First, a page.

Jean M
10-23-2015, 11:03 AM
Science Daily: http://www.sciencedaily.com/releases/2015/10/151022124532.htm

Plague in humans 'twice as old' but didn't begin as flea-borne, ancient DNA reveals

New research dates plague back to the early Bronze Age, showing it had been endemic in humans across Eurasia for millennia prior to first recorded global outbreak, and that ancestral plague mutated into its bubonic, flea-borne form between the 2nd and 1st millennium BC.

They say the new evidence that Y. pestis bacterial infection in humans actually emerged around the beginning of the Bronze Age suggests that plague may have been responsible for major population declines believed to have occurred in the late 4th and early 3rd millennium BC.

The work was conducted by an international team including researchers from the universities of Copenhagen, Denmark, and Cambridge, UK, and the findings are published today in the journal Cell.

"We found that the Y. pestis lineage originated and was widespread much earlier than previously thought, and we narrowed the time window as to when and how it developed," said senior author Professor Eske Willerslev, who recently joined Cambridge University's Department of Zoology from the University of Copenhagen....
Researchers concluded these early strains of plague could not have been carried by fleas without ymt. Nor could they cause bubonic plague -- which affects the lymphatic immune system, and inflicts the infamous swollen buboes of the Black Death -- without the pla mutation.

Consequently, the plague that stalked populations for much of the Bronze Age must have been pneumonic, which directly affects the respiratory system and causes desperate, hacking coughing fits just before death. Breathing around infected people leads to inhalation of the bacteria, the crux of its human-to-human transmission.

Study co-author Dr Marta Mirazón-Lahr, from Cambridge's Leverhulme Centre for Human Evolutionary Studies (LCHES), points out that a study earlier this year from Willerslev's Copenhagen group showed the Bronze Age to be a highly active migratory period, which could have led to the spread of pneumonic plague.

"The Bronze Age was a period of major metal weapon production, and it is thought increased warfare, which is compatible with emerging evidence of large population movements at the time. If pneumonic plague was carried as part of these migrations, it would have had devastating effects on small groups they encountered," she said.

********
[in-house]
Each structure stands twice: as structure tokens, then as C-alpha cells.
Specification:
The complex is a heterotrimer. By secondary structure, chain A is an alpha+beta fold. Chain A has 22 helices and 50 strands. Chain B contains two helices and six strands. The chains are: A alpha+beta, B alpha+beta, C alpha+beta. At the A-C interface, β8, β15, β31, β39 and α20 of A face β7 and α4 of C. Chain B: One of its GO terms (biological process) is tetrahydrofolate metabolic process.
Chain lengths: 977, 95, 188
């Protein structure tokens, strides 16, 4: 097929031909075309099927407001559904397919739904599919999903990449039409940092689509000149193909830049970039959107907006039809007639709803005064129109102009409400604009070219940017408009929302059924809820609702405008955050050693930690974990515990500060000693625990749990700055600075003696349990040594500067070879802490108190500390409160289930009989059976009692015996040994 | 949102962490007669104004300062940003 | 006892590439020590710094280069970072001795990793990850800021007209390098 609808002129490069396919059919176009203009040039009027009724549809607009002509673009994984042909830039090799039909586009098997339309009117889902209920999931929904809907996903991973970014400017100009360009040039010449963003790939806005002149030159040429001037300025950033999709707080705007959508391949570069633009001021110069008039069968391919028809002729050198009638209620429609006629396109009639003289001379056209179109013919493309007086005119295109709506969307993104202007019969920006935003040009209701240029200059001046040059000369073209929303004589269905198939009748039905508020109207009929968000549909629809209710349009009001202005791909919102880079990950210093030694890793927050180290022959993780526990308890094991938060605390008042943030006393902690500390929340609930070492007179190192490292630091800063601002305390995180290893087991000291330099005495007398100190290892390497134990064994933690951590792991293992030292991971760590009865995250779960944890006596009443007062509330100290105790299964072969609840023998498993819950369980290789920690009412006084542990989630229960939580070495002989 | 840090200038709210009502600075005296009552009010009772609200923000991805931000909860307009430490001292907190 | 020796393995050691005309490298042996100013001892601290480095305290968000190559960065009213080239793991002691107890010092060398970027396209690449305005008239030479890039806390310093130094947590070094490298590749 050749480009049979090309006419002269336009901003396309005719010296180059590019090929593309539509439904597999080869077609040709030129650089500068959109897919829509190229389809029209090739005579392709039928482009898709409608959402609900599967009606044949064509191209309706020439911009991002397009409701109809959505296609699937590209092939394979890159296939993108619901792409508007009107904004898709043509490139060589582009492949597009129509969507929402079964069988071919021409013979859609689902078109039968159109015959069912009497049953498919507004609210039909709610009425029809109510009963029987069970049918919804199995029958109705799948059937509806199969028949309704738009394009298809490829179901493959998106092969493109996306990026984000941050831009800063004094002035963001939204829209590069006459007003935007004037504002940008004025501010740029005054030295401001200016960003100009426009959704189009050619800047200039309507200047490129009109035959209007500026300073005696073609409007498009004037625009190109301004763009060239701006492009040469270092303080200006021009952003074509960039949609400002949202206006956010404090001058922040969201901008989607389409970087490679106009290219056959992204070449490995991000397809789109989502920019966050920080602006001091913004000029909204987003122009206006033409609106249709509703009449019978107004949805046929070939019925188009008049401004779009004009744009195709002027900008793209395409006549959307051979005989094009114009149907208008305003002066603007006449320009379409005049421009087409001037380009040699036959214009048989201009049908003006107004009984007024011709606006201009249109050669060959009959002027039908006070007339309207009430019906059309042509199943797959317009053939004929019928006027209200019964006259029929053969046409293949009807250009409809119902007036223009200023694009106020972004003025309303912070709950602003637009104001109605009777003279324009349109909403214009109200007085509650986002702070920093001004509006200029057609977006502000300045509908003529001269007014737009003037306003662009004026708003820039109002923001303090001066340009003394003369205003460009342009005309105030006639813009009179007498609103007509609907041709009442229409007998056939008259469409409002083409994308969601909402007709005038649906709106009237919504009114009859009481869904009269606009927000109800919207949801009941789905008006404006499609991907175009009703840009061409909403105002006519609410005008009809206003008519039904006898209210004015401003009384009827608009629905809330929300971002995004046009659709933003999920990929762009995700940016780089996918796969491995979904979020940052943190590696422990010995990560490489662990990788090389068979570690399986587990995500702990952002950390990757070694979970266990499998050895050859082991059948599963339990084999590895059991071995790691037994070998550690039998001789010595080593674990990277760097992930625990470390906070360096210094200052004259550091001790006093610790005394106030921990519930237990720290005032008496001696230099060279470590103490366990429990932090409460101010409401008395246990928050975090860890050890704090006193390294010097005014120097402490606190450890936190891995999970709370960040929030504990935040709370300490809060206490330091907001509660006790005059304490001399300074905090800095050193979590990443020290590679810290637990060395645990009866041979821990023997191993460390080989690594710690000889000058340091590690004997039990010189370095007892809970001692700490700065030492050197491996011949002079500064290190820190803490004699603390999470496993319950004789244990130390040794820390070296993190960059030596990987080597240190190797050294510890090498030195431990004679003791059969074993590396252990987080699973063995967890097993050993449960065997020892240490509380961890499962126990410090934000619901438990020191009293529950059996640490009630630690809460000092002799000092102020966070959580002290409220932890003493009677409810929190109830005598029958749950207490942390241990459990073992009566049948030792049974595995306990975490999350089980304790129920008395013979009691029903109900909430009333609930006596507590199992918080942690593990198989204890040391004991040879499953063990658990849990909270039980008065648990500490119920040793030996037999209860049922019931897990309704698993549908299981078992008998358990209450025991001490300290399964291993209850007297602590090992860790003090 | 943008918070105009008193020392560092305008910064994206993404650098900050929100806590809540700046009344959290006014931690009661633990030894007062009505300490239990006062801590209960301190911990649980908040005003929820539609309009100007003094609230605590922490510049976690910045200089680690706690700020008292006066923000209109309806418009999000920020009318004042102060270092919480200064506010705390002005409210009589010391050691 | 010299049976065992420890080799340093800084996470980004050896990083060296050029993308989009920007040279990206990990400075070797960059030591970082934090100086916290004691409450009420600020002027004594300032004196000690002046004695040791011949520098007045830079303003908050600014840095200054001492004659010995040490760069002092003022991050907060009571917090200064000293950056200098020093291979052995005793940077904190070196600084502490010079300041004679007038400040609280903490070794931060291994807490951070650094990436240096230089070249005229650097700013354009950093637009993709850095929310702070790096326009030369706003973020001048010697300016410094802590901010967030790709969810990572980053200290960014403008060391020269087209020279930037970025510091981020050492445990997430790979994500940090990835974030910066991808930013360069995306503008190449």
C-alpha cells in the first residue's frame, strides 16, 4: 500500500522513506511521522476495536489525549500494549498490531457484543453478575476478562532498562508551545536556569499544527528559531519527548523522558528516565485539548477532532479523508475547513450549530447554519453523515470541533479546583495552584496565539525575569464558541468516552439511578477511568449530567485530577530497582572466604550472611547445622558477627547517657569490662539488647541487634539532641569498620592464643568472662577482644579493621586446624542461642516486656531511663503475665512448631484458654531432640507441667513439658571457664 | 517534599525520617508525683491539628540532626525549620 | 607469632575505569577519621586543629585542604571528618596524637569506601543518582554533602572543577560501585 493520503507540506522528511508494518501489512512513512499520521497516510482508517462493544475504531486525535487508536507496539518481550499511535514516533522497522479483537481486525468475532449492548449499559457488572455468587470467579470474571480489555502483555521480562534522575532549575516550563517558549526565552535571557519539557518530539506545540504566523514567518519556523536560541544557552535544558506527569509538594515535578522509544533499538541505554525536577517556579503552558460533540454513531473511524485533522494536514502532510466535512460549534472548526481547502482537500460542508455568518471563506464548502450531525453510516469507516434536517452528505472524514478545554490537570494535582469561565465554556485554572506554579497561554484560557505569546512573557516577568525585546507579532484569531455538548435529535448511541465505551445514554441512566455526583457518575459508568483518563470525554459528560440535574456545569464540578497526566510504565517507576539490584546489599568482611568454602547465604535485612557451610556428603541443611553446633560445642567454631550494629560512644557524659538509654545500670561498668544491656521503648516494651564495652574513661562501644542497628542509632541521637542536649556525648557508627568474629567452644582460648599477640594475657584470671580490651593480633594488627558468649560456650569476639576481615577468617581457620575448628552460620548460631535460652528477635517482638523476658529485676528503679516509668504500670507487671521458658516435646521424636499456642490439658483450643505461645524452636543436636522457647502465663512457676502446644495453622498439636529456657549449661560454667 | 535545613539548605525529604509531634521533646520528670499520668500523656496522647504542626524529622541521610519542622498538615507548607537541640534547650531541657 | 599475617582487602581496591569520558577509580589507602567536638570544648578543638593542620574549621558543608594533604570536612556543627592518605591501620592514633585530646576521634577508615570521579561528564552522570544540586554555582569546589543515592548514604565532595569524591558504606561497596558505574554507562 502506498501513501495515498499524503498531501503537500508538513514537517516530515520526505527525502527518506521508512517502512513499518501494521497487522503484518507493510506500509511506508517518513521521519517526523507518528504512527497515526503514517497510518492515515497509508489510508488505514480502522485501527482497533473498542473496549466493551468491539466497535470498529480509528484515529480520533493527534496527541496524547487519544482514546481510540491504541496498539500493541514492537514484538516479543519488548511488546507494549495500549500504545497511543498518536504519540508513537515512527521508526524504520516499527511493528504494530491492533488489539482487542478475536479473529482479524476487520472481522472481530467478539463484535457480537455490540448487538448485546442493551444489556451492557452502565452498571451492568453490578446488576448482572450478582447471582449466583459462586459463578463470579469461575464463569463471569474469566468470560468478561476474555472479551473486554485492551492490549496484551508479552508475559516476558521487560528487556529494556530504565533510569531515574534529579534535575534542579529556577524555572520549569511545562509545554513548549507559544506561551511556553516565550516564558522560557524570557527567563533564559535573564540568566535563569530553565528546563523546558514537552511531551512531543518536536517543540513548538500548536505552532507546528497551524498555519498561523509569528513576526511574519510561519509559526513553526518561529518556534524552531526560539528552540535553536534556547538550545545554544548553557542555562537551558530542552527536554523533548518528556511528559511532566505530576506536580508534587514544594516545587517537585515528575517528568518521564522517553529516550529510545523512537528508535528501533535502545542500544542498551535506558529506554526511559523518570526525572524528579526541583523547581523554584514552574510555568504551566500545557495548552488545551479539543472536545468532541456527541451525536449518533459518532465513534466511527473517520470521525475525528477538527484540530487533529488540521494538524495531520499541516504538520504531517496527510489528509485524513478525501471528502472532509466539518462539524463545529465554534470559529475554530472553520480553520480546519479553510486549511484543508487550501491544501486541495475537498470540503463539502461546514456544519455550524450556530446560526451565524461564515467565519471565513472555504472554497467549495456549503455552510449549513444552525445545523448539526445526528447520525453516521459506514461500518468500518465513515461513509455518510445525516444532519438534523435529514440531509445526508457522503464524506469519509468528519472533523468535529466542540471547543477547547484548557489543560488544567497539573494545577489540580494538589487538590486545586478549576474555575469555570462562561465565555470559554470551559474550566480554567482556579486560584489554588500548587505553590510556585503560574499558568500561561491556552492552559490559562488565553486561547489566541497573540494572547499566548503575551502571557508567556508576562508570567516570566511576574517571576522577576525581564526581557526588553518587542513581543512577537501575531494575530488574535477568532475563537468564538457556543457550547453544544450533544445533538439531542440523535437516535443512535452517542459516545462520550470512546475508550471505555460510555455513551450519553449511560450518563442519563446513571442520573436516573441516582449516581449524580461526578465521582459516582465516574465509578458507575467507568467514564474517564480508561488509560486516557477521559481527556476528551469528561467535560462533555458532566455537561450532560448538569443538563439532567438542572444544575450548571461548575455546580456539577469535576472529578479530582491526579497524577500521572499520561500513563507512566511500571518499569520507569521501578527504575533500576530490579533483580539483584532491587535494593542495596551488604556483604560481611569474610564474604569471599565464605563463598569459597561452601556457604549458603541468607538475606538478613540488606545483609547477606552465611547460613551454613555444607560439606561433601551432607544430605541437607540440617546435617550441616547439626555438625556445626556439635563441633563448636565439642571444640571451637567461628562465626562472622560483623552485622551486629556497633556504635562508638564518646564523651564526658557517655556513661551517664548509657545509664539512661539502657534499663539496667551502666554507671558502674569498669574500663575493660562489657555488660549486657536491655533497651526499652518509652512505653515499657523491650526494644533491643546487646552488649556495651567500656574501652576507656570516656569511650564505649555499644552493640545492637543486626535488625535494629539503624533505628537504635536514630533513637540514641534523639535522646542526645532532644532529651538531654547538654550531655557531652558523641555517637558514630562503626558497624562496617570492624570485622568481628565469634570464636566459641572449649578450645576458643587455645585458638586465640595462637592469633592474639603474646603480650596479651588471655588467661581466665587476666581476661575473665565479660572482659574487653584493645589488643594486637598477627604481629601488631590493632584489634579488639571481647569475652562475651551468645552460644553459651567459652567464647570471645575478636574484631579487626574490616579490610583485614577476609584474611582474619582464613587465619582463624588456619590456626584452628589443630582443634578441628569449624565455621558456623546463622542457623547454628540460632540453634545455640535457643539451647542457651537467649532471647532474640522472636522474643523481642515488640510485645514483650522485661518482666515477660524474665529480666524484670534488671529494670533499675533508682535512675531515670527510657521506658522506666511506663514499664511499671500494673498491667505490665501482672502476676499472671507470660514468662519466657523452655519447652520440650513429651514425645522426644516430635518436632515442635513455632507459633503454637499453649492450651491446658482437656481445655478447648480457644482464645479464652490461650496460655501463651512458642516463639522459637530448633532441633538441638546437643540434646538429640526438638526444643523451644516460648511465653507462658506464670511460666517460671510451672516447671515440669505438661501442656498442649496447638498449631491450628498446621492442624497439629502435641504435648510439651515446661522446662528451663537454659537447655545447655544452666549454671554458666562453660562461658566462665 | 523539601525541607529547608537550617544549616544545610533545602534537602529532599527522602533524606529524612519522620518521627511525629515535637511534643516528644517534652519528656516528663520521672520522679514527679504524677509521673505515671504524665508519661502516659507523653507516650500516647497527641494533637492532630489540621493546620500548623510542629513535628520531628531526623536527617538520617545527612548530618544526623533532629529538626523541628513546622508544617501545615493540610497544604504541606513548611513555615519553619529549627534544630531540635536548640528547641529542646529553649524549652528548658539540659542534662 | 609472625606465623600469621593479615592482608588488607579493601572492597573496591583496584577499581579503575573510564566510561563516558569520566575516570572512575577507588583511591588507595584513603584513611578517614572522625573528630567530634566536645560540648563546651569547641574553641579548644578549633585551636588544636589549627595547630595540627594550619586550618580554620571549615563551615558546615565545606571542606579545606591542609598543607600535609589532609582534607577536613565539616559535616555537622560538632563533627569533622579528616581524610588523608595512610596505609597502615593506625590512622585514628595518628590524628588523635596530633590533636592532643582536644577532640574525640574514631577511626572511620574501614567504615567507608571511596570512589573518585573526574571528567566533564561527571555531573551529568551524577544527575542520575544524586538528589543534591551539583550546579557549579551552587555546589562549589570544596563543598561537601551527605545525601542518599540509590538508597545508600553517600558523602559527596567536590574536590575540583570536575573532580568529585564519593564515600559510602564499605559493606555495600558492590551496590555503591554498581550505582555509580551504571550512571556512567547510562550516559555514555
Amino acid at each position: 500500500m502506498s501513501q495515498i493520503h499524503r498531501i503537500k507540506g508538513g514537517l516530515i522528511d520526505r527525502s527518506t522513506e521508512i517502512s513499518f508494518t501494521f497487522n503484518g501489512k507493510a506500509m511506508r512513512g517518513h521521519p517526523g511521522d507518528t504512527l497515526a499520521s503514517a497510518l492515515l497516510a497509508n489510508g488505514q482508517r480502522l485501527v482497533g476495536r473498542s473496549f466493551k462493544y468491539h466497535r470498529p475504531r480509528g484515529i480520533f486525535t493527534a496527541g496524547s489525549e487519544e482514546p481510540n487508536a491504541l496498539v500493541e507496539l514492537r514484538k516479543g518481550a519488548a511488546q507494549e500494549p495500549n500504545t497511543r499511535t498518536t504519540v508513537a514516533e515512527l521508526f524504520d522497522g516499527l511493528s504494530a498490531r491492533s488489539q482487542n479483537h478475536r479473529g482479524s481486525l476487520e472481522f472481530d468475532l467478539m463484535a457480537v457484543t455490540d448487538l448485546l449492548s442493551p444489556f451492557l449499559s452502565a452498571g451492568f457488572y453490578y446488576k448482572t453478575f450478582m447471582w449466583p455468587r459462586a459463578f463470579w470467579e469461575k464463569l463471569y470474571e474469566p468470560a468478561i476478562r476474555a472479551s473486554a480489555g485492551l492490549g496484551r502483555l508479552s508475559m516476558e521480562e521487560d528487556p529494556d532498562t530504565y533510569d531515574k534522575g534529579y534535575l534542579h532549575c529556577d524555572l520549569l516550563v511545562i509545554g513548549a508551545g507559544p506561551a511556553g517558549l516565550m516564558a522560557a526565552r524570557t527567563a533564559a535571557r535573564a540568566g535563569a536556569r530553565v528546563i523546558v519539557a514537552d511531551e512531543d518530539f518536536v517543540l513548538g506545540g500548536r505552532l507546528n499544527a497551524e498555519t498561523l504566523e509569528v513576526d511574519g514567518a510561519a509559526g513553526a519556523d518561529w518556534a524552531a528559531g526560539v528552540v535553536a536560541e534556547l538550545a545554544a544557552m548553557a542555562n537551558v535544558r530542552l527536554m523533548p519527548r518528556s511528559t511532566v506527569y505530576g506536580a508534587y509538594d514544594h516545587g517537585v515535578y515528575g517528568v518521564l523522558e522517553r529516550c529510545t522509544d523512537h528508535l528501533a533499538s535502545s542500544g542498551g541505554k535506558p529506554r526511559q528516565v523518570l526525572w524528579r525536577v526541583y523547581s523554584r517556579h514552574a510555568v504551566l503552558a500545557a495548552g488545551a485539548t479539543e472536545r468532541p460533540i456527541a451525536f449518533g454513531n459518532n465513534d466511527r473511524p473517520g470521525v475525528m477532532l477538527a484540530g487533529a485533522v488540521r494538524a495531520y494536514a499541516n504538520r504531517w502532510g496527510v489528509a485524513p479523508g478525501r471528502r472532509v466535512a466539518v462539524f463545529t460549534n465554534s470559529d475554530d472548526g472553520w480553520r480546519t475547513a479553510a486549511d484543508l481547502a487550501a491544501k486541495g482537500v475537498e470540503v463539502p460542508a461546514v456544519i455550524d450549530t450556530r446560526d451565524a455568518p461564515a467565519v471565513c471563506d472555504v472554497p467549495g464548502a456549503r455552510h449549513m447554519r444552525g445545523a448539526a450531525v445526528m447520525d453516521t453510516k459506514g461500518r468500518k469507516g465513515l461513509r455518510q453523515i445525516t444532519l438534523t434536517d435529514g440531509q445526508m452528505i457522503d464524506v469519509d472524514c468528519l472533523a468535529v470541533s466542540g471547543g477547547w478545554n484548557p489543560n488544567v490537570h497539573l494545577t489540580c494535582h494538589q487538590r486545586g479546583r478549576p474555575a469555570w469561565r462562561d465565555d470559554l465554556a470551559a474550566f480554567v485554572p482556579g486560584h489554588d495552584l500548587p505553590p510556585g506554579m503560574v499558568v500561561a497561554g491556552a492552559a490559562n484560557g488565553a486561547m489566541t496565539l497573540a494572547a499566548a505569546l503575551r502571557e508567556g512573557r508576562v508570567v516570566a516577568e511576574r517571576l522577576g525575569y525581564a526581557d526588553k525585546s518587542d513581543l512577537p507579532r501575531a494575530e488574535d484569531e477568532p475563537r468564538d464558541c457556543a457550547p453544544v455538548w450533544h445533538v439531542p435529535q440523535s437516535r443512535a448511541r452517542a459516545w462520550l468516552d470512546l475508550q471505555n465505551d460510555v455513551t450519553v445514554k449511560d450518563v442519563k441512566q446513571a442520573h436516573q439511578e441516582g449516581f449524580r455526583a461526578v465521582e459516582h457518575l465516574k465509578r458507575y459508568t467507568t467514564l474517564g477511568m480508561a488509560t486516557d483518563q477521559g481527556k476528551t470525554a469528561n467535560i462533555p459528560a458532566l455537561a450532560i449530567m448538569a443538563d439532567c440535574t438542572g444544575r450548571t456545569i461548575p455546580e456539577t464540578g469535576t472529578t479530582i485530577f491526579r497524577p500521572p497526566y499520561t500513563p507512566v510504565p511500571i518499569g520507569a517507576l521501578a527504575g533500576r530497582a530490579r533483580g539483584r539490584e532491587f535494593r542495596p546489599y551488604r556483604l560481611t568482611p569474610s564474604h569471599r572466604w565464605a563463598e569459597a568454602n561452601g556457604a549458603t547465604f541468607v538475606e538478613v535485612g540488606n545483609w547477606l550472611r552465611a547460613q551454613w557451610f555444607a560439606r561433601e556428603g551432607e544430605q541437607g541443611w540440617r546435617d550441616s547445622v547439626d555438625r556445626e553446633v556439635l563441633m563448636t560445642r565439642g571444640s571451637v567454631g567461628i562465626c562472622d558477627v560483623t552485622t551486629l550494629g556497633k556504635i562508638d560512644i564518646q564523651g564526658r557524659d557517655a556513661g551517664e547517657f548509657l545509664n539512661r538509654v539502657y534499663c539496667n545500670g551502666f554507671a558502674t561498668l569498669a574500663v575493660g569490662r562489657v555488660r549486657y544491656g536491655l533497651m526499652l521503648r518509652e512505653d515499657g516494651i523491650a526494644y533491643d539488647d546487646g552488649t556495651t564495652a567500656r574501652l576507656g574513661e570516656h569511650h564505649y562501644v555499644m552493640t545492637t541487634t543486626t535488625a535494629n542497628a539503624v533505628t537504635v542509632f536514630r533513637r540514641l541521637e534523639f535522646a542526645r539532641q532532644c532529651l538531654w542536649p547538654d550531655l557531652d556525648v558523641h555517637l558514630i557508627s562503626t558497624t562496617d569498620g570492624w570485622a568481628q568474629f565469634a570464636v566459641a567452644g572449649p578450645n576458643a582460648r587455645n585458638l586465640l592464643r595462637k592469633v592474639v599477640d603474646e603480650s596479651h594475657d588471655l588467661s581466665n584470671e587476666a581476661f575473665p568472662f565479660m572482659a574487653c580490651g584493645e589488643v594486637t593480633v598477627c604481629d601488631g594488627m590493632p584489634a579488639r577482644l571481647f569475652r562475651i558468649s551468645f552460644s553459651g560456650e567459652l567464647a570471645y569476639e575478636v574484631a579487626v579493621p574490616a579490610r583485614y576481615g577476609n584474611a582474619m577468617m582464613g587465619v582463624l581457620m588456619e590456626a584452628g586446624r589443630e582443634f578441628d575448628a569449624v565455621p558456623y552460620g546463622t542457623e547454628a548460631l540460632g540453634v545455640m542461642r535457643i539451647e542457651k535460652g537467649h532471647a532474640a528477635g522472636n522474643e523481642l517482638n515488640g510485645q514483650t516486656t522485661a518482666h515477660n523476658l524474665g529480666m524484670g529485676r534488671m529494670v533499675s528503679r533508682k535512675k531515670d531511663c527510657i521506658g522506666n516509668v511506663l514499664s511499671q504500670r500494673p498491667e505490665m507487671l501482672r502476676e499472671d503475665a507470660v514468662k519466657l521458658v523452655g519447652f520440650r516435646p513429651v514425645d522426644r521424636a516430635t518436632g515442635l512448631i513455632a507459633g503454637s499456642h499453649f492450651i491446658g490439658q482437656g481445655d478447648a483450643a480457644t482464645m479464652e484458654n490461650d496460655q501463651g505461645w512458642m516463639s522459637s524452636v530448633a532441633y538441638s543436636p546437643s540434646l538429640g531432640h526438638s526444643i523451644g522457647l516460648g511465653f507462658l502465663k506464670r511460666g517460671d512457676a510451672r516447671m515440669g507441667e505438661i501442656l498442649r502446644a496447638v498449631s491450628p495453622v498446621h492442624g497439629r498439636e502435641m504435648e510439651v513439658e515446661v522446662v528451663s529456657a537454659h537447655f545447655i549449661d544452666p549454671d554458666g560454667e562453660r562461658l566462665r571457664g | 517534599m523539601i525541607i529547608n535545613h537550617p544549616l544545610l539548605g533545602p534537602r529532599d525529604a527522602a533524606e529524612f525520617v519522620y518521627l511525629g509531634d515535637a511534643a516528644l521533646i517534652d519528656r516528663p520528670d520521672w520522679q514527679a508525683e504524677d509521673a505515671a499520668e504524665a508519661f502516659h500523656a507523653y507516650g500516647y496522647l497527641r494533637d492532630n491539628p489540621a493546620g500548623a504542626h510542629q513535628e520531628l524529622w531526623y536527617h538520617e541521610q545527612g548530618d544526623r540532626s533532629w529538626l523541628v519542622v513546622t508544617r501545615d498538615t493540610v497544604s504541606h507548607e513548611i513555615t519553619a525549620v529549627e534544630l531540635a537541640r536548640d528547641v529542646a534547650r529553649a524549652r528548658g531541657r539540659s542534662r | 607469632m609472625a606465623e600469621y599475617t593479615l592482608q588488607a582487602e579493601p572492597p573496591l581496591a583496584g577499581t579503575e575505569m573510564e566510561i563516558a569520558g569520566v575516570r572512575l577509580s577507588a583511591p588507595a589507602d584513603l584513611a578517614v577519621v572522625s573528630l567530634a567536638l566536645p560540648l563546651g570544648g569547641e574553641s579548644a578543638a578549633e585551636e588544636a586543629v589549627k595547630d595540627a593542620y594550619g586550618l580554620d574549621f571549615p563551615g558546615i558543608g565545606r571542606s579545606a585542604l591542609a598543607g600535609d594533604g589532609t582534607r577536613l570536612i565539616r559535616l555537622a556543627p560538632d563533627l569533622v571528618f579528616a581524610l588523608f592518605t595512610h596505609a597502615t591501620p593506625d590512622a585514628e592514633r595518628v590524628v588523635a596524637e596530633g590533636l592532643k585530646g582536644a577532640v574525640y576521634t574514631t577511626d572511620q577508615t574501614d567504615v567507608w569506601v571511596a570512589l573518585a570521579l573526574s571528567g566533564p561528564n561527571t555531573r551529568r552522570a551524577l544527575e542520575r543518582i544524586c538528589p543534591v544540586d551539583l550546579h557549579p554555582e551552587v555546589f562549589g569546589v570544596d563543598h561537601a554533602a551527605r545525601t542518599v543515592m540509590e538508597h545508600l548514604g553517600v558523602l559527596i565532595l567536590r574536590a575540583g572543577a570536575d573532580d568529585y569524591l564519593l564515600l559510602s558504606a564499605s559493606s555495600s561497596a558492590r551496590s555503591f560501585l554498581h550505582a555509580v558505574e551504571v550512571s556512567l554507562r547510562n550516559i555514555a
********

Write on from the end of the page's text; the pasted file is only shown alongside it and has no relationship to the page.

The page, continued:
"Well-documented cases have shown the pneumonic plague's chain of infection can go from a single hunter or herder to ravaging an entire community in two to three days."

Mbantua
10-23-2015, 11:55 AM
I am a microbiologist, retired now, but I thought everyone knew that Y. pestis home was the Eurasian steppes mostly in Asia, and by extension the steppes where the Indo-Europeans are said to come from in far eastern Europe. Steppes, grasslands and prairies are Rodent heaven, and rodents have fleas or ticks or some other disease transmitting vector. Wherever people live they make it suitable for rodents and other pests. Ever wondered why Northern Europeans have a greater immunity to the Plague? The steppes north of the Caucasus region is the homeland of Indo-European and Northern Europeans. The two go together like a hand in a glove.

I was amazed by Dienekes' revelation about Y. pestis, but he is not a microbiologist but some internet dilettante.

George
10-23-2015, 12:26 PM
I am a microbiologist, retired now, but I thought everyone knew that Y. pestis home was the Eurasian steppes mostly in Asia, and by extension the steppes where the Indo-Europeans are said to come from in far eastern Europe. Steppes, grasslands and prairies are Rodent heaven, and rodents have fleas or ticks or some other disease transmitting vector. Wherever people live they make it suitable for rodents and other pests. Ever wondered why Northern Europeans have a greater immunity to the Plague? The steppes north of the Caucasus region is the homeland of Indo-European and Northern Europeans. The two go together like a hand in a glove.

I was amazed by Dienekes' revelation about Y. pestis, but he is not a microbiologist but some internet dilettante.

I'm beginning to wonder whether this should be factored in as a possible explanation for the mysterious disappearance of the classical Trypilian civilization and its mega-proto-cities. With an apparent population diminution of some 60/70% within a relatively short time span. But this was still pre-BA, in the second half of the 4th millennium BCE. On the borderland of the steppes. Were their huge communities rodent-infested with serious sanitation problems to boot?

Jean M
10-23-2015, 12:29 PM
I was amazed by Dienekes' revelation about Y. pestis...

What revelation? Dienekes makes only a brief comment of his own on this paper:


This paper used the same data as the Allentoft et al. paper, but instead of focusing on the human DNA recovered from ancient Eurasians, it went looking for interesting stuff in the non-human DNA (the stuff that is usually thrown away).

The result: 2,800-5,000 year old Yersinia pestis from Europe to the Altai. It will be cool to look at even older remains than the Bronze Age, but this already pushes the date for plague by a couple thousand years, and implicates steppe people in its earliest spread.

Dienekes no doubt has Internet alerts running (as I do myself) to pick up new DNA papers. He posts about them, as do several other bloggers, thus providing a useful service in the same way that this forum does, with its pinned threads for new papers. We don't have to agree with the commentary that bloggers sometimes attach to the news to find the alerts useful. It is up to us to evaluate the papers for ourselves.

Tomenable
10-23-2015, 06:05 PM